As the winds of change swept across the English Channel in 2016, a tempest named ‘Brexit’ raged throughout the United Kingdom. The monumental decision to leave the European Union, driven by a slim majority in a public referendum, left the country in a state of profound political tumult. The consequences of this decision are still being felt today. However, the central narrative of Brexit – a fiercely independent Britain asserting its sovereignty – is increasingly being cast in a different light as murmurs of external influences rise in public discourse, particularly in relation to Russia and having seen the invasion of Ukraine, people are starting to question.
The idea that Russia could have influenced Brexit isn’t as outrageous as it might seem at first glance. Russian interests have long been known to align with the prospect of a more divided West, which the UK’s departure from the EU certainly accomplishes. A weakened or fractious European Union could potentially provide Russia with more geopolitical room for manoeuvre. The question remains: Could Moscow have influenced the Brexit vote? And if so, how?
The relationship between Russia and Brexit is nebulous, more the stuff of spy novels than dry political science. It centres around the accusation that Russia may have wielded a new and potent weapon in its geopolitical arsenal: information warfare. Rather than tanks and artillery, this form of combat employs social media bots, disinformation campaigns, and cyber-attacks.
Much research has shown that a deluge of misinformation was propagated across social media platforms during the run-up to the Brexit vote. Automated accounts, or ‘bots,’ spread hyperbolic, exaggerated, or entirely false narratives about the potential consequences of remaining in the EU. This trend was particularly noticeable on Twitter, where analyses suggest that bots accounted for a significant proportion of the pro-Brexit discourse.
Moreover, investigations into Russia’s influence over the Brexit vote have highlighted dubious financial connections. Wealthy Russian emigres with close ties to the Kremlin allegedly donated substantially to pro-Brexit campaign groups and prominent Brexiteers. While these contributions were made legally, the intention behind them is subject to question.
Further still, the UK’s intelligence community has warned that Russia had attempted numerous cyber-attacks on British institutions, possibly in an attempt to influence or disrupt the Brexit process. Although there is no concrete evidence linking these attacks directly to the Brexit vote, the timing of the assaults remains suspicious.
Yet, despite these worrying trends, a smoking gun linking Russia’s government to a successful Brexit manipulation campaign remains elusive. The UK’s intelligence services have yet to unearth definitive evidence that Russia’s alleged interference had a material impact on the referendum’s outcome.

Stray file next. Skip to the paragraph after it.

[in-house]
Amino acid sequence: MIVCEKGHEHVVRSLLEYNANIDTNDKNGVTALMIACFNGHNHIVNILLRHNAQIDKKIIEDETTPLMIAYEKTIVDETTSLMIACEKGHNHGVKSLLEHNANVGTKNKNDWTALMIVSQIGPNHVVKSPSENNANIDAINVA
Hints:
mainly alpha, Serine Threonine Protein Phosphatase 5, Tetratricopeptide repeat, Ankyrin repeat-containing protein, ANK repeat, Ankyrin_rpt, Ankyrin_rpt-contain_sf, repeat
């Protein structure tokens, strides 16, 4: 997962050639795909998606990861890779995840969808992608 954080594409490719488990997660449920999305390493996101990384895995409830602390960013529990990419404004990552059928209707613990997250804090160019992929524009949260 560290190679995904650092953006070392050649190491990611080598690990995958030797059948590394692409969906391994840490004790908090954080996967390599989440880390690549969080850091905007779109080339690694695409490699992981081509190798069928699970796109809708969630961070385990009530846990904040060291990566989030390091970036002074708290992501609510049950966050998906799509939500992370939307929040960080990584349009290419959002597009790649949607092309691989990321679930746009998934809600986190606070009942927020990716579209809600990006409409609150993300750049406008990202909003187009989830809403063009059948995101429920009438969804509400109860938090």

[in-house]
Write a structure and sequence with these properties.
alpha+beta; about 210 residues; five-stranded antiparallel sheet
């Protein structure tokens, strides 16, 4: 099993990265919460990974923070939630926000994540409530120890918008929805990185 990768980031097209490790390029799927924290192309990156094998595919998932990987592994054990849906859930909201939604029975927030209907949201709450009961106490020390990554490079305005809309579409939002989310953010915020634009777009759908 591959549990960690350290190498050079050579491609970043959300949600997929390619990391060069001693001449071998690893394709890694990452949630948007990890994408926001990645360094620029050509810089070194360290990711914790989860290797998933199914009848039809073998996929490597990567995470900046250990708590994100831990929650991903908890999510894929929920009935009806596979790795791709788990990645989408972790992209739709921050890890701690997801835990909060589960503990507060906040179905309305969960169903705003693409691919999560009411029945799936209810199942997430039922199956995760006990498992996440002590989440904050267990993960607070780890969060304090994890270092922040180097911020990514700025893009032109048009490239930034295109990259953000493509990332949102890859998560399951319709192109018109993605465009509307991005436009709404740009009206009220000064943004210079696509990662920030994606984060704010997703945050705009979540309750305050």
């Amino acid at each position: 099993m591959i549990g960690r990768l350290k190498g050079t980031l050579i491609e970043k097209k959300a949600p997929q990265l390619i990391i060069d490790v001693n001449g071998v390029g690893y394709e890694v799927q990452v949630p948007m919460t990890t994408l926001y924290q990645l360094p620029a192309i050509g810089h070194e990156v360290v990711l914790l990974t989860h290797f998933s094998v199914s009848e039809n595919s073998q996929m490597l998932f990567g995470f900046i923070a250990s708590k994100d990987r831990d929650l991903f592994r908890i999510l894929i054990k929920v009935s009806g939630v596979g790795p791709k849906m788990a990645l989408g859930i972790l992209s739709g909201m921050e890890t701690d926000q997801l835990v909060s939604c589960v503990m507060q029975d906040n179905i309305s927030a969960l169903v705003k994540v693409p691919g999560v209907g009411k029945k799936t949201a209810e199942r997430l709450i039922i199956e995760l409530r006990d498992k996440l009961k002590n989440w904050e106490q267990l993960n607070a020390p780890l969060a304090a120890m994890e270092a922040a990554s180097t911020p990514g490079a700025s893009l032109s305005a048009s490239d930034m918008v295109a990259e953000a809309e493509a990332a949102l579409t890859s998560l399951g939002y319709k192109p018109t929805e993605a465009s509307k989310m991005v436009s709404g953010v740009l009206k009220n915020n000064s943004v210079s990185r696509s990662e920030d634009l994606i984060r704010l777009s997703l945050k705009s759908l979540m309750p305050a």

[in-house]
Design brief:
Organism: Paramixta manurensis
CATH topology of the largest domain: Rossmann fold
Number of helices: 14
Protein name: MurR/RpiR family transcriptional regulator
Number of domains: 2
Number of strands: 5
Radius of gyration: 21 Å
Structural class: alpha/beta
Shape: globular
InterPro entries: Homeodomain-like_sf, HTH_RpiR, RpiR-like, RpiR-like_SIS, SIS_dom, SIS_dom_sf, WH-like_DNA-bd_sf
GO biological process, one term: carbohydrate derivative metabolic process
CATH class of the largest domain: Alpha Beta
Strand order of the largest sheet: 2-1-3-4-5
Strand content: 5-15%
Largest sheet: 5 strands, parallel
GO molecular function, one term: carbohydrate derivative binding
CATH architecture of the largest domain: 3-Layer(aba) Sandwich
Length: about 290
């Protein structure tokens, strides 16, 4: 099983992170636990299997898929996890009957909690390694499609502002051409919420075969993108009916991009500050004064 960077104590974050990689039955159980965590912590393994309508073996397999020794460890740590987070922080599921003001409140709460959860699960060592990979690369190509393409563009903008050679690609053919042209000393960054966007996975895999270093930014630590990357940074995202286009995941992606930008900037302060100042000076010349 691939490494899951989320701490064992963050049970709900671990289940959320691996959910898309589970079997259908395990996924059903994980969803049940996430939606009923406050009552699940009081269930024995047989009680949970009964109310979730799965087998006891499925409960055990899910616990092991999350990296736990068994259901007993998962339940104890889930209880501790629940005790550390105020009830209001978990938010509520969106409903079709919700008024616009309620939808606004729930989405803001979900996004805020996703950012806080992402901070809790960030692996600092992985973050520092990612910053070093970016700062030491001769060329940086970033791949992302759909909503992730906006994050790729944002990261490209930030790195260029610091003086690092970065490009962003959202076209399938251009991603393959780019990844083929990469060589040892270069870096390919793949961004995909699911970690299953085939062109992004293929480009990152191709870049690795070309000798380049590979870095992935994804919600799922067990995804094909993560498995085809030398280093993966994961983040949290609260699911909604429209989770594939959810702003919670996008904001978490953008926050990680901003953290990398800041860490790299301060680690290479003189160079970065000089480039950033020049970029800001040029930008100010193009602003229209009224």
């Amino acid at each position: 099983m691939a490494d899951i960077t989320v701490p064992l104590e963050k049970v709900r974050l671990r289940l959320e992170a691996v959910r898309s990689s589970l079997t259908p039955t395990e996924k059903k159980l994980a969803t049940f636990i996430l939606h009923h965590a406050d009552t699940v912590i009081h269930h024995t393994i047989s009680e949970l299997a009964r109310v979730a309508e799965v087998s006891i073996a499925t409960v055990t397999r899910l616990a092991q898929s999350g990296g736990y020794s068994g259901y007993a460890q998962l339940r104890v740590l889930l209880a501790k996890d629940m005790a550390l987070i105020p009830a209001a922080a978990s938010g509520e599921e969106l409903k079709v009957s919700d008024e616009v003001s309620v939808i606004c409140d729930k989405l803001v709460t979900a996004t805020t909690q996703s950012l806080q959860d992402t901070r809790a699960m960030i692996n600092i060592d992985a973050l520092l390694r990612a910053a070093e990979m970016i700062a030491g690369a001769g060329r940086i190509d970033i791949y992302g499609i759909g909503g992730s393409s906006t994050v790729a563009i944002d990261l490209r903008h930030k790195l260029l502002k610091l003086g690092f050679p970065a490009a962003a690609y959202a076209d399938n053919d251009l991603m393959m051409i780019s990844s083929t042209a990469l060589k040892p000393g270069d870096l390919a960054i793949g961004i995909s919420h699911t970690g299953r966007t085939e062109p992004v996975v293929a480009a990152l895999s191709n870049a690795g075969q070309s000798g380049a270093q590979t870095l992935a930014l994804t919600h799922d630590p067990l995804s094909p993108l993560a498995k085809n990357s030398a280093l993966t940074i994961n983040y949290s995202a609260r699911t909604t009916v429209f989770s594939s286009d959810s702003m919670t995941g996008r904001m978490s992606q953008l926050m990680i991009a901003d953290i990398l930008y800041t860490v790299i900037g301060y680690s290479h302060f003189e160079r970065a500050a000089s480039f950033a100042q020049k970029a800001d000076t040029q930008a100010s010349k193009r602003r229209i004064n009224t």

It is also crucial to remember that Russia is not the puppeteer of British politics, and the responsibility for the Brexit decision ultimately falls on the UK itself. The reasons for the Brexit vote were myriad, deeply rooted in British history, and reflective of wide-ranging social, economic, and political factors. Blaming Russia entirely for Brexit would be inaccurate and a gross oversimplification of a highly complex issue.
Brexit has left a profound and lasting impact on the United Kingdom’s political landscape. And while the shadow of potential Russian influence looms large, it does not change the fact that Brexit is a decision that was, for better or worse, taken by the British people themselves.
Therefore, as we contemplate Russia’s role in Brexit, it is crucial to keep a balanced perspective. The alleged links between Russia and Brexit are a stark reminder of the new and potent dangers of information warfare. However, they should not distract from the very real domestic issues that catalysed the Brexit decision in the first place. Understanding the influence of external actors is important, but it should not eclipse the need for introspection, reflection, and reform in the aftermath of such a significant decision.
The Russian invasion of Ukraine has added a new layer to the conversation about Russia’s potential influence on Brexit. The conflict, with its myriad geopolitical implications, provides a stark backdrop to the questions regarding Russia’s international interventions. It also sharpens the focus on the claims about potential Russian interference in the Brexit referendum.
Firstly, the invasion exemplifies Russia’s willingness to disrupt the post-Cold War international order to further its strategic interests. This feeds into the narrative that Russia may have perceived the weakening of European unity – which Brexit arguably contributed to – as beneficial for its geopolitical ambitions.
Secondly, the conflict in Ukraine showcases the methods Russia is prepared to employ to reach its goals. Allegations about Russia’s use of misinformation and cyber-attacks during the invasion resonate with the claims about the tactics used to potentially influence the Brexit referendum. This parallel bolsters the argument that Russia may have used similar tactics in an attempt to shape public opinion in the UK.
Lastly, the invasion highlights the necessity of unity and cooperation among Western nations. In light of the conflict, some argue that Brexit may have inadvertently undermined this unity, creating potential fractures that could be exploited by foreign powers such as Russia. This argument implies that Brexit might have indirectly played into Russia’s hands, even if there wasn’t any direct interference from Moscow!